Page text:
Right of possession of property:
It is the right in the property irrespective of whether person is a temporary holder or long-term holder. The person with the right of possession usually has also the right to occupy and use it. The word Possession is much wider in legal parlance and includes possession whether actual or constructive and in fact or in law. However, intention, consciousness or will is an essential ingredient of possession. It has a great significance under Indian law, as it acts as a good evidence as to title in rem except against the true owner.
There are cases where possessor and property owner are one and the same. For instance, by way of prescription i.e. when the peaceful possession of property is enjoyed continuously for a long time. Conversely, in case of a Trustee of the trust property, tenant of rented land, limited owner (women before enactment of Section 14 of Hindu Succession Act), an agent holding the property on the behalf of his principal, etc., possessor and property owner are two different persons and owner has an upper hand as he also possesses the right to dispose of the property.
Forceful possession and its punishments:
Forceful possession is different from criminal possession which involves holding of prohibited articles such as illegal drugs, firearms or stolen property. Protection is provided to possession both under civil (Torts) and criminal law (Indian Penal Code, etc.) against use of force.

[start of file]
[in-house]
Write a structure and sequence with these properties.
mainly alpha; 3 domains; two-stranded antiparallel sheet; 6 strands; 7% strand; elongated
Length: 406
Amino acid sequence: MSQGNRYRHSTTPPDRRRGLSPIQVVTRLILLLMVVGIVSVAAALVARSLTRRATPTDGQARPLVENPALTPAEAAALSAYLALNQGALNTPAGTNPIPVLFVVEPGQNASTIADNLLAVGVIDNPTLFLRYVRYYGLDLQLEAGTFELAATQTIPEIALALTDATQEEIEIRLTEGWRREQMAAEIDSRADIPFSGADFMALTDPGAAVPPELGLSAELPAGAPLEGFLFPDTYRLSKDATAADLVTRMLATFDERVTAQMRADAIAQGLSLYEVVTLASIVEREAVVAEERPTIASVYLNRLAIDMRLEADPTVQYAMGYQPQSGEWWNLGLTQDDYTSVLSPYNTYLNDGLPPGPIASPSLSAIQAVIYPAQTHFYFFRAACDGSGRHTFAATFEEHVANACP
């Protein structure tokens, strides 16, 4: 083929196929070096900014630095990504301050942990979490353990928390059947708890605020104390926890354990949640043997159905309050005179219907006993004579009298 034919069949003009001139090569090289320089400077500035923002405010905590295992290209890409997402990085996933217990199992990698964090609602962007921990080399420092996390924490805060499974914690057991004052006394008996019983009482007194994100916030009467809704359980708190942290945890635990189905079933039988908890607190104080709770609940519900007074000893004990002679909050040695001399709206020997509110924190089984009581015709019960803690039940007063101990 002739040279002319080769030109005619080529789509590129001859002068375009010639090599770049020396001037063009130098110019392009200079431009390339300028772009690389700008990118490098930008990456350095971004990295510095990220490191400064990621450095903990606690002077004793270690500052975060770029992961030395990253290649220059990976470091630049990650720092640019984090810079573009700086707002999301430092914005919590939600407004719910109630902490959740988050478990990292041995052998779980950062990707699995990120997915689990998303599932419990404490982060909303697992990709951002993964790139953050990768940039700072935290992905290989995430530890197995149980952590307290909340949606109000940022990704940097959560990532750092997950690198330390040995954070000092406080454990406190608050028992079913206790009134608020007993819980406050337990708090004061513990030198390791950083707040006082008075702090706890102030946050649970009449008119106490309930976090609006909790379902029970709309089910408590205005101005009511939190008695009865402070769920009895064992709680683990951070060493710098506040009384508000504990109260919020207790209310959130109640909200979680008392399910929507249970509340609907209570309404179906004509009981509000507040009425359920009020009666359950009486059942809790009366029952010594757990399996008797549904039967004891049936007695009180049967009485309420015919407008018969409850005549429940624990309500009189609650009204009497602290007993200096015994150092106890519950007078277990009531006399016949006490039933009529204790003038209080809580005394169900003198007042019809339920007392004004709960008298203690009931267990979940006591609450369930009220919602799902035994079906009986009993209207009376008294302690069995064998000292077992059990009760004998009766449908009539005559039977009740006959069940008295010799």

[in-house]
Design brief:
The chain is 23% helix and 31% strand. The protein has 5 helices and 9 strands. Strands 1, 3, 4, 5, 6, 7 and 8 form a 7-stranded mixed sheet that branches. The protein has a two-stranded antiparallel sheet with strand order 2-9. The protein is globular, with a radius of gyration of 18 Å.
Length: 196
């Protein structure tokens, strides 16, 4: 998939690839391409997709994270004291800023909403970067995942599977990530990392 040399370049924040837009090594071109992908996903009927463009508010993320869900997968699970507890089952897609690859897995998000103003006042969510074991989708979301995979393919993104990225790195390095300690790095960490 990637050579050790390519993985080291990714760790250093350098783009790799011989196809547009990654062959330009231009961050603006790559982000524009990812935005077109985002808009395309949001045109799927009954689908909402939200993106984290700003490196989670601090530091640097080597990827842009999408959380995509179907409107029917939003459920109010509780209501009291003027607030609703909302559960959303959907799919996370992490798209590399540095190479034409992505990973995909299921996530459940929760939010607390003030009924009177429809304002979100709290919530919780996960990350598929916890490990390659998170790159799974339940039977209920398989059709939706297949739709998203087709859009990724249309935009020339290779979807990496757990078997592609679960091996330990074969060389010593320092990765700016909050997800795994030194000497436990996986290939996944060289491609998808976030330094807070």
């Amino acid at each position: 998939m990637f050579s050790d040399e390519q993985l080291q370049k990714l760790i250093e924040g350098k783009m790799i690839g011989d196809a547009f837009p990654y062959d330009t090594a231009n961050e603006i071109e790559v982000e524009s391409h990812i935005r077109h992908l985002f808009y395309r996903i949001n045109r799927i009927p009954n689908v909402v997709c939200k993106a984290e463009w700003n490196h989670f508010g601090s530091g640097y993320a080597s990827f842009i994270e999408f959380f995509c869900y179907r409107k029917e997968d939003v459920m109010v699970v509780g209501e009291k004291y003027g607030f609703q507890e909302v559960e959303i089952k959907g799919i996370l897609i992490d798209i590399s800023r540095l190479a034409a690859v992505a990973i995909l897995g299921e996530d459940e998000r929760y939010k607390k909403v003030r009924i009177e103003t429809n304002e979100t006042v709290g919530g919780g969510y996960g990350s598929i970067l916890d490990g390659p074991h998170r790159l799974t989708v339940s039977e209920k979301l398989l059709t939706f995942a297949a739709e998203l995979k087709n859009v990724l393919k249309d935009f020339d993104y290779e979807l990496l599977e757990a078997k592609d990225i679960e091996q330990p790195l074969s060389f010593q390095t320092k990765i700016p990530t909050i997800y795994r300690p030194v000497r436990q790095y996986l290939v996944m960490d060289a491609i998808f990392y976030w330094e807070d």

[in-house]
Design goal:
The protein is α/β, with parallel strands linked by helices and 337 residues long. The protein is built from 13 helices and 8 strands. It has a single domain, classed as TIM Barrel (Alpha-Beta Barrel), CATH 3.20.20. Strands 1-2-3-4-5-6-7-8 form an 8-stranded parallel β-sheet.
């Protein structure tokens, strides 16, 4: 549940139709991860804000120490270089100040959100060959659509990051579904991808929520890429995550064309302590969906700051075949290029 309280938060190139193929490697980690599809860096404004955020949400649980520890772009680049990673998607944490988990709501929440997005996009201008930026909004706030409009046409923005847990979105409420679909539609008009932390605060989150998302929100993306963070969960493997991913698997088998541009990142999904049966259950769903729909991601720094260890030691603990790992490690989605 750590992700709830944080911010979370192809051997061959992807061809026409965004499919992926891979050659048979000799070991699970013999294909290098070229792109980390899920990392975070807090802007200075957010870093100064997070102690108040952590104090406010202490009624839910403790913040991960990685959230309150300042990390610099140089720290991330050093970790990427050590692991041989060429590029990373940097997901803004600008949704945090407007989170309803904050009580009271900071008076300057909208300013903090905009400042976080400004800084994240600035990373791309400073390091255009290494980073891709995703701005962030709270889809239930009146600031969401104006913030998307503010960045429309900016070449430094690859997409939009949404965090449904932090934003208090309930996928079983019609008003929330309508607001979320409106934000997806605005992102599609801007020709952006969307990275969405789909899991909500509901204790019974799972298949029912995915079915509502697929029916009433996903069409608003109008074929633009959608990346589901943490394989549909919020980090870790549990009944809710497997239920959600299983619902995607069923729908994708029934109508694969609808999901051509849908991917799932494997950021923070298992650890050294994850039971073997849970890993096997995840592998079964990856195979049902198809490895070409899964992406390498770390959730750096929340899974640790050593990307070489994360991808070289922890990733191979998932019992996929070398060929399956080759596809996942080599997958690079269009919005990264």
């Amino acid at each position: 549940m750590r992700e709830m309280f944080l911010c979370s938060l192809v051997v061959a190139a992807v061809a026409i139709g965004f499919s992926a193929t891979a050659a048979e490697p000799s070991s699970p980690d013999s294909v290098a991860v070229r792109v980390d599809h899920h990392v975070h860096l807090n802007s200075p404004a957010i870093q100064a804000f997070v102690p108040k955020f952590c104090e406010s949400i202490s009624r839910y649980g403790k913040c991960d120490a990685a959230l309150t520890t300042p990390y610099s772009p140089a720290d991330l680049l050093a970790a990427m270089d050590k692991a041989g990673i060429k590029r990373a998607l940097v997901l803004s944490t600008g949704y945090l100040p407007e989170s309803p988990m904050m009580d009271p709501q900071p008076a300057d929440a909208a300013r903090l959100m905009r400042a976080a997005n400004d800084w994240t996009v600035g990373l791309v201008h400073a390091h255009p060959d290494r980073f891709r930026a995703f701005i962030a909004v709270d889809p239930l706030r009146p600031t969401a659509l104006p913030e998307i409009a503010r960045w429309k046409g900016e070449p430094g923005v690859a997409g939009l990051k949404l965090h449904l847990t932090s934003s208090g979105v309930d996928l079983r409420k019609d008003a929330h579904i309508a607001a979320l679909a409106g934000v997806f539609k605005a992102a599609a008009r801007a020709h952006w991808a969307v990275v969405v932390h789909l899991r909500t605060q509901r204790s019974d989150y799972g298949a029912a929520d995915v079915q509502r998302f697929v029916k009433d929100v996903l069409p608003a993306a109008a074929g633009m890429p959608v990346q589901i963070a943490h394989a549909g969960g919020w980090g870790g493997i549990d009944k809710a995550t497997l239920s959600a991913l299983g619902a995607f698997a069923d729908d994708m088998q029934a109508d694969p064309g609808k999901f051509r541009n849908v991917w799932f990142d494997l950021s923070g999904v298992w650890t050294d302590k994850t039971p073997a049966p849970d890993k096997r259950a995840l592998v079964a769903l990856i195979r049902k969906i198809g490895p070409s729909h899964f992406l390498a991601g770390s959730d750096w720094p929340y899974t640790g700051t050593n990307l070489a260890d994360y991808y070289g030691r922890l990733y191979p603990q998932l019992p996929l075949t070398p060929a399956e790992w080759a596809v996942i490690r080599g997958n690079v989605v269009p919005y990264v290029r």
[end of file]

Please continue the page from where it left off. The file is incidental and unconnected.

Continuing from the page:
Force, which is synonymous to violence, compulsion, power, duress, can be interpreted widely when suffixed with possession so as to include the following:
- Theft under Section 378 of IPC i.e. taking movable property dishonestly out of the possession of any person without that person’ consent. It is punishable with imprisonment of up to 3 years or/and fine (Section 379). Imprisonment may extend to 7 years in case it is committed by a clerk or servant (Section 381).
- Extortion as defined under Section 383 i.e. dishonestly inducing a person to deliver some property, etc. by putting him in fear of injury to his person or some other person. It is punishable with maximum imprisonment for three years or/and fine (Section 384).
- Robbery under section 390 or Dacoity under section 391.
- Criminal trespass under Section 441 involves entry into or upon property in the possession of another without his consent or continues to stay there after his consent ceases to exist. According to Supreme Court in the case of Laxmi Ram Pawar v. Sitabai Balu Dhotre, a person trespasses upon land if he wrongfully sets foot on it, rides or drives over it or takes possession of it or expels the person in possession…. The Court may provide relief in the form of injunction and damages or the person could be imprisoned to the maximum of 3 months duration or/and fine upto Rs. 500 (Section 447).